On April 8 at Champlain Valley Union High School, Charlie and Mary Ann Wolf received the Dr. Brian O'Regan Mentoring Award for their contributions to the Connecting Youth Mentoring Program at Williston Central School. The Wolfs were recognized along with other community volunteers who have dedicated their time to supporting youth and families. For more information about Connecting Youth, click here.

(from UVM Communications)   PEN New England announced the winners of their 2013 awards celebrating the best works of fiction, poetry and nonfiction by New England authors with University of Vermont faculty receiving the honor in two of the three categories. Bernd Heinrich, professor emeritus of biology, won the nonfiction award for Life Everlasting: The Animal Way of Death published last summer by Houghton Mifflin Harcourt. Emeritus Professor of English David Huddle won the prize for poetry with his latest collection, Blacksnake at the Family Reunion, published in November.  Click here for the complete story.

(from University Communications) Being asked to work on the definitive text chronicling the papers of George C. Marshall, U.S. secretary of state from 1947-49, was a true honor for Mark Stoler. Ever modest, the UVM professor emeritus of history admits his first thought was that more qualified people must be available. But the highly distinguished military and diplomatic historian -- and author of the acclaimed biography George C. Marshall: Soldier-Statesman of the American Century -- was a clear fit for the job. ...... more.....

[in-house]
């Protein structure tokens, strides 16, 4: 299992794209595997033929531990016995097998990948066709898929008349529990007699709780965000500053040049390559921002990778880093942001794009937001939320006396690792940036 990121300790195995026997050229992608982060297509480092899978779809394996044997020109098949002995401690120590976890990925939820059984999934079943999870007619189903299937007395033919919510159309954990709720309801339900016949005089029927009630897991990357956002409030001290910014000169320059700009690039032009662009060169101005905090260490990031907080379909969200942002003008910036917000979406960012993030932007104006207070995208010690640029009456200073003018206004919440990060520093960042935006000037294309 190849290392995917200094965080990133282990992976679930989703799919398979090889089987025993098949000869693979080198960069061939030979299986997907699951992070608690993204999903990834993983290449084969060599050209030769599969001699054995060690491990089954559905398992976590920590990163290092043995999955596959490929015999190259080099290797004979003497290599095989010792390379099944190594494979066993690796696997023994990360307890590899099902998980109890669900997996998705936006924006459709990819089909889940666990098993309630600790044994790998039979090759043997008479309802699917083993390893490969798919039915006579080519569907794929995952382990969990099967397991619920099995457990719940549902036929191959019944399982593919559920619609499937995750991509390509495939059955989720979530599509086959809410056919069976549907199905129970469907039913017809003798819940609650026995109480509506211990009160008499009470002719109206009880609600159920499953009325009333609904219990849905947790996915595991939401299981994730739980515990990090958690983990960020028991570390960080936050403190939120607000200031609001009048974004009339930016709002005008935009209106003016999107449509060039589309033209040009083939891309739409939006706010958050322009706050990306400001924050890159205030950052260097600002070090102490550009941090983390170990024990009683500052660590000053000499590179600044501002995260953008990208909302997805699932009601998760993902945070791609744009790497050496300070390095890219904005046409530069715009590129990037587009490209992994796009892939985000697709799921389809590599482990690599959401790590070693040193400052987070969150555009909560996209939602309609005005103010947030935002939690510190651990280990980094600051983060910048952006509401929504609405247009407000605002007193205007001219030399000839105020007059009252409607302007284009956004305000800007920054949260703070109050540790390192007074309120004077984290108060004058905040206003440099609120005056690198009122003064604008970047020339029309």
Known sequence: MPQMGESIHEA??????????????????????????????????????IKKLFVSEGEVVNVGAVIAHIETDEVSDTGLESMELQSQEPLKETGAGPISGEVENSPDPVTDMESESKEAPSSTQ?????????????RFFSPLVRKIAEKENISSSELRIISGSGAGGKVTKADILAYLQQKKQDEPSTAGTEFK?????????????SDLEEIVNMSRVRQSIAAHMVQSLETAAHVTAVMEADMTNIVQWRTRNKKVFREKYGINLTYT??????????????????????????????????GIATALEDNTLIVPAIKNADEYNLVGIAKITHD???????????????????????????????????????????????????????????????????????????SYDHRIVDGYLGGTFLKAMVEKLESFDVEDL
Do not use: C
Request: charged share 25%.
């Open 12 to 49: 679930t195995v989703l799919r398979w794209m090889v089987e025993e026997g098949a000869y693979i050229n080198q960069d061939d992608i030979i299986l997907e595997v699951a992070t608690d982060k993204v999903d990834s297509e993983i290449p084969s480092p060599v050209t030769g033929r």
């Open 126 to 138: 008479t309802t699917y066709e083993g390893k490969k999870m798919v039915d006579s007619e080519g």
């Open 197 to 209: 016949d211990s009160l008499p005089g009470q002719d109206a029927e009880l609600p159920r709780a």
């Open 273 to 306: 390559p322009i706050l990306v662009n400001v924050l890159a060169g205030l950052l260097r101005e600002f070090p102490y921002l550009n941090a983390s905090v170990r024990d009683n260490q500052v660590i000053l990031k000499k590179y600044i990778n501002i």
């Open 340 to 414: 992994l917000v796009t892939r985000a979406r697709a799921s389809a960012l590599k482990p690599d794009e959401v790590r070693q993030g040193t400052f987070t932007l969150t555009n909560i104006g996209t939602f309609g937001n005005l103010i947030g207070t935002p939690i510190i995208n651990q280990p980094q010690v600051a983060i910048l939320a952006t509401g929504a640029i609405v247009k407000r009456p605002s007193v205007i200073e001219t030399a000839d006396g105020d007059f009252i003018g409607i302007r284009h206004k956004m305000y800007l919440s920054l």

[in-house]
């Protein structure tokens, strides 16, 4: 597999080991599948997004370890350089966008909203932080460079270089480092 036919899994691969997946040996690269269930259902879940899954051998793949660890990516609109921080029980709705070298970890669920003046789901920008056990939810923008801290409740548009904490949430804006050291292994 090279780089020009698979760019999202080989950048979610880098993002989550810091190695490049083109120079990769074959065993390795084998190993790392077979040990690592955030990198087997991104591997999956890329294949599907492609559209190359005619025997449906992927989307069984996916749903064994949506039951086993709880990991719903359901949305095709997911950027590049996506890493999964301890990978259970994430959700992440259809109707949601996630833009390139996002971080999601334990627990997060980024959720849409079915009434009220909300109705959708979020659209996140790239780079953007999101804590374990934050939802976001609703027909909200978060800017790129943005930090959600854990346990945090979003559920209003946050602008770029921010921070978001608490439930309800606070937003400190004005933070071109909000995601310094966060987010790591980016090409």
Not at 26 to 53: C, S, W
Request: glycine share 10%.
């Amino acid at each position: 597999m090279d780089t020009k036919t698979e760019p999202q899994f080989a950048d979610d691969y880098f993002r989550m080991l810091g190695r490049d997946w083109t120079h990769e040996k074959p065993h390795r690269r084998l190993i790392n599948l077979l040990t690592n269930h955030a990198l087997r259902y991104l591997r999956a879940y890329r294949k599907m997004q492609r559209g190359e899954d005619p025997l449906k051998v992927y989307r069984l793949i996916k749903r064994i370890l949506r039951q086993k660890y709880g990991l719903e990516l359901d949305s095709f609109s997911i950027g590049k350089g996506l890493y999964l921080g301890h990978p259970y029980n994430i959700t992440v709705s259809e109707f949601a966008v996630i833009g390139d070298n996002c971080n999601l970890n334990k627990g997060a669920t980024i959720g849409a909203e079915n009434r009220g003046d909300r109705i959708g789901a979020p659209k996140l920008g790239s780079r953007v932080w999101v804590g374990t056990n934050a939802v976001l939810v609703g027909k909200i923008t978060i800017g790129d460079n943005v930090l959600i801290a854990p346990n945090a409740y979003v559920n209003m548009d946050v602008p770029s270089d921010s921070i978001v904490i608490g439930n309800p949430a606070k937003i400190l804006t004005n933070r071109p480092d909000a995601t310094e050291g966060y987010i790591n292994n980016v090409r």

HEARING AID BENEFIT OFFERED BY Eleanor M. Luse Center     (posted: February 13, 2013)
UVM Faculty, Staff, Retirees and Their Families Eligible
The Eleanor M. Luse Center Audiology Clinic, part of UVM's Department of Communication Sciences and Disorders, is offering a 10% reduction off the cost of hearing aids selected and fit through the clinic. This limited-time benefit is available to UVM faculty, staff, retirees and their families. Professional fees normally applied (hearing evaluation, hearing aid selection, earmolds, fitting, and follow-up) will still be charged. Click here for more information.